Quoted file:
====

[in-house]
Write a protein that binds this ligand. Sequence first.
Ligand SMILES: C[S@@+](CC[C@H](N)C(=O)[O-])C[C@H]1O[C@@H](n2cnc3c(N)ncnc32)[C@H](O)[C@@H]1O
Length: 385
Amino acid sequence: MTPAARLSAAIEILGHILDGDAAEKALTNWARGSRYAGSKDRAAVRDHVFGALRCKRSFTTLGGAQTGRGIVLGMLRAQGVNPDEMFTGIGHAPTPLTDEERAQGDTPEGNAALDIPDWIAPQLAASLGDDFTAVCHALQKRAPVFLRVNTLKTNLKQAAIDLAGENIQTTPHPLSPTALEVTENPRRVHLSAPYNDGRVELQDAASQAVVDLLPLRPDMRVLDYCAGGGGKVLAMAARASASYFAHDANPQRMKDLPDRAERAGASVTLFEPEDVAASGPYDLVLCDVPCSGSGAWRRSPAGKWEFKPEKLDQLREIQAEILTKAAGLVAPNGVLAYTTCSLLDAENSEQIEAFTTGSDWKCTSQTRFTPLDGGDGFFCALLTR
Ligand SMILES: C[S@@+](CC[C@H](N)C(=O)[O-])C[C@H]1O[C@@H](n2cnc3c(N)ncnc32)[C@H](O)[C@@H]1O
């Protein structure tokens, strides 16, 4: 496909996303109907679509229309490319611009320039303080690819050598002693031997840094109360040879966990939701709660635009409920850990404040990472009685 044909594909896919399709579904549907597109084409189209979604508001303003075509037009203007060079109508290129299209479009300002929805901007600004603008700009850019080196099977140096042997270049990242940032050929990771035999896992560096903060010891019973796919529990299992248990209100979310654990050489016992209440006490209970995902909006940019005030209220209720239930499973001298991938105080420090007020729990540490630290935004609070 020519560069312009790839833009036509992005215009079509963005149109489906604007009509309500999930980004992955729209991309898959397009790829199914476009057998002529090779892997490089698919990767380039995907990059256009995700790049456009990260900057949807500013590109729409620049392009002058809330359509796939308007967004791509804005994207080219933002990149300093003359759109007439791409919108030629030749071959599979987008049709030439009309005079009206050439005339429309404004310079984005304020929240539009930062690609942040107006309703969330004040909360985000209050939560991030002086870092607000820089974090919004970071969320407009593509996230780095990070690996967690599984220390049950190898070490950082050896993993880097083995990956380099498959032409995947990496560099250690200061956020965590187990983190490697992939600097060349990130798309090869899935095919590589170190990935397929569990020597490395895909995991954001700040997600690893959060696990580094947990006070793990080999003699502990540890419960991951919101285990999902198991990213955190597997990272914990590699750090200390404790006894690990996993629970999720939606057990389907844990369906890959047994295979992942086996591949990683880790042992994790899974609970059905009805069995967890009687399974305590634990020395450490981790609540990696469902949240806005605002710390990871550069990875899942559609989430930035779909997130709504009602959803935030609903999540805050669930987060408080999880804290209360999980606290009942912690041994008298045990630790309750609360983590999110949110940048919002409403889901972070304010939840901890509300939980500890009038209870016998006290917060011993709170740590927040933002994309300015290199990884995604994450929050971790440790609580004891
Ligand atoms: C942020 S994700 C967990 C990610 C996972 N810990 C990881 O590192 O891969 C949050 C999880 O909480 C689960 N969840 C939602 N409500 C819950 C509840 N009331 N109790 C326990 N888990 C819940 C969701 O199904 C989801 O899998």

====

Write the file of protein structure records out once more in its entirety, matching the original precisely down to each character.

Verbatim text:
[in-house]
Write a protein that binds this ligand. Sequence first.
Ligand SMILES: C[S@@+](CC[C@H](N)C(=O)[O-])C[C@H]1O[C@@H](n2cnc3c(N)ncnc32)[C@H](O)[C@@H]1O
Length: 385
Amino acid sequence: MTPAARLSAAIEILGHILDGDAAEKALTNWARGSRYAGSKDRAAVRDHVFGALRCKRSFTTLGGAQTGRGIVLGMLRAQGVNPDEMFTGIGHAPTPLTDEERAQGDTPEGNAALDIPDWIAPQLAASLGDDFTAVCHALQKRAPVFLRVNTLKTNLKQAAIDLAGENIQTTPHPLSPTALEVTENPRRVHLSAPYNDGRVELQDAASQAVVDLLPLRPDMRVLDYCAGGGGKVLAMAARASASYFAHDANPQRMKDLPDRAERAGASVTLFEPEDVAASGPYDLVLCDVPCSGSGAWRRSPAGKWEFKPEKLDQLREIQAEILTKAAGLVAPNGVLAYTTCSLLDAENSEQIEAFTTGSDWKCTSQTRFTPLDGGDGFFCALLTR
Ligand SMILES: C[S@@+](CC[C@H](N)C(=O)[O-])C[C@H]1O[C@@H](n2cnc3c(N)ncnc32)[C@H](O)[C@@H]1O
């Protein structure tokens, strides 16, 4: 496909996303109907679509229309490319611009320039303080690819050598002693031997840094109360040879966990939701709660635009409920850990404040990472009685 044909594909896919399709579904549907597109084409189209979604508001303003075509037009203007060079109508290129299209479009300002929805901007600004603008700009850019080196099977140096042997270049990242940032050929990771035999896992560096903060010891019973796919529990299992248990209100979310654990050489016992209440006490209970995902909006940019005030209220209720239930499973001298991938105080420090007020729990540490630290935004609070 020519560069312009790839833009036509992005215009079509963005149109489906604007009509309500999930980004992955729209991309898959397009790829199914476009057998002529090779892997490089698919990767380039995907990059256009995700790049456009990260900057949807500013590109729409620049392009002058809330359509796939308007967004791509804005994207080219933002990149300093003359759109007439791409919108030629030749071959599979987008049709030439009309005079009206050439005339429309404004310079984005304020929240539009930062690609942040107006309703969330004040909360985000209050939560991030002086870092607000820089974090919004970071969320407009593509996230780095990070690996967690599984220390049950190898070490950082050896993993880097083995990956380099498959032409995947990496560099250690200061956020965590187990983190490697992939600097060349990130798309090869899935095919590589170190990935397929569990020597490395895909995991954001700040997600690893959060696990580094947990006070793990080999003699502990540890419960991951919101285990999902198991990213955190597997990272914990590699750090200390404790006894690990996993629970999720939606057990389907844990369906890959047994295979992942086996591949990683880790042992994790899974609970059905009805069995967890009687399974305590634990020395450490981790609540990696469902949240806005605002710390990871550069990875899942559609989430930035779909997130709504009602959803935030609903999540805050669930987060408080999880804290209360999980606290009942912690041994008298045990630790309750609360983590999110949110940048919002409403889901972070304010939840901890509300939980500890009038209870016998006290917060011993709170740590927040933002994309300015290199990884995604994450929050971790440790609580004891
Ligand atoms: C942020 S994700 C967990 C990610 C996972 N810990 C990881 O590192 O891969 C949050 C999880 O909480 C689960 N969840 C939602 N409500 C819950 C509840 N009331 N109790 C326990 N888990 C819940 C969701 O199904 C989801 O899998």